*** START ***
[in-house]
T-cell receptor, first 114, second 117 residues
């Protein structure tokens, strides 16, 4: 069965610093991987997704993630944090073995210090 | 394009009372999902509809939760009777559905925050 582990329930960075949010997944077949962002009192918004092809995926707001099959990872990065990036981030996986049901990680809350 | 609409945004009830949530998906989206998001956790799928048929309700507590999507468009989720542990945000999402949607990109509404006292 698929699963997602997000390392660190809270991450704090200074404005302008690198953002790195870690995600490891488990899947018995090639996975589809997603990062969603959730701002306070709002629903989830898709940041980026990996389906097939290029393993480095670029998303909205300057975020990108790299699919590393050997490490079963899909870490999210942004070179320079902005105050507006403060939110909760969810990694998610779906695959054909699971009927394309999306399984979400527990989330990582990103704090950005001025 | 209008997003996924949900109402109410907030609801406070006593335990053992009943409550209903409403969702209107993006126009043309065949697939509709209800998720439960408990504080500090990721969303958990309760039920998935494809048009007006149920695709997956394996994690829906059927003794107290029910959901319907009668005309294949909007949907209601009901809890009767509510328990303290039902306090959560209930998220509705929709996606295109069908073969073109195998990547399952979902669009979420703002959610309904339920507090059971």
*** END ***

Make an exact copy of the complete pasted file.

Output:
[in-house]
T-cell receptor, first 114, second 117 residues
């Protein structure tokens, strides 16, 4: 069965610093991987997704993630944090073995210090 | 394009009372999902509809939760009777559905925050 582990329930960075949010997944077949962002009192918004092809995926707001099959990872990065990036981030996986049901990680809350 | 609409945004009830949530998906989206998001956790799928048929309700507590999507468009989720542990945000999402949607990109509404006292 698929699963997602997000390392660190809270991450704090200074404005302008690198953002790195870690995600490891488990899947018995090639996975589809997603990062969603959730701002306070709002629903989830898709940041980026990996389906097939290029393993480095670029998303909205300057975020990108790299699919590393050997490490079963899909870490999210942004070179320079902005105050507006403060939110909760969810990694998610779906695959054909699971009927394309999306399984979400527990989330990582990103704090950005001025 | 209008997003996924949900109402109410907030609801406070006593335990053992009943409550209903409403969702209107993006126009043309065949697939509709209800998720439960408990504080500090990721969303958990309760039920998935494809048009007006149920695709997956394996994690829906059927003794107290029910959901319907009668005309294949909007949907209601009901809890009767509510328990303290039902306090959560209930998220509705929709996606295109069908073969073109195998990547399952979902669009979420703002959610309904339920507090059971």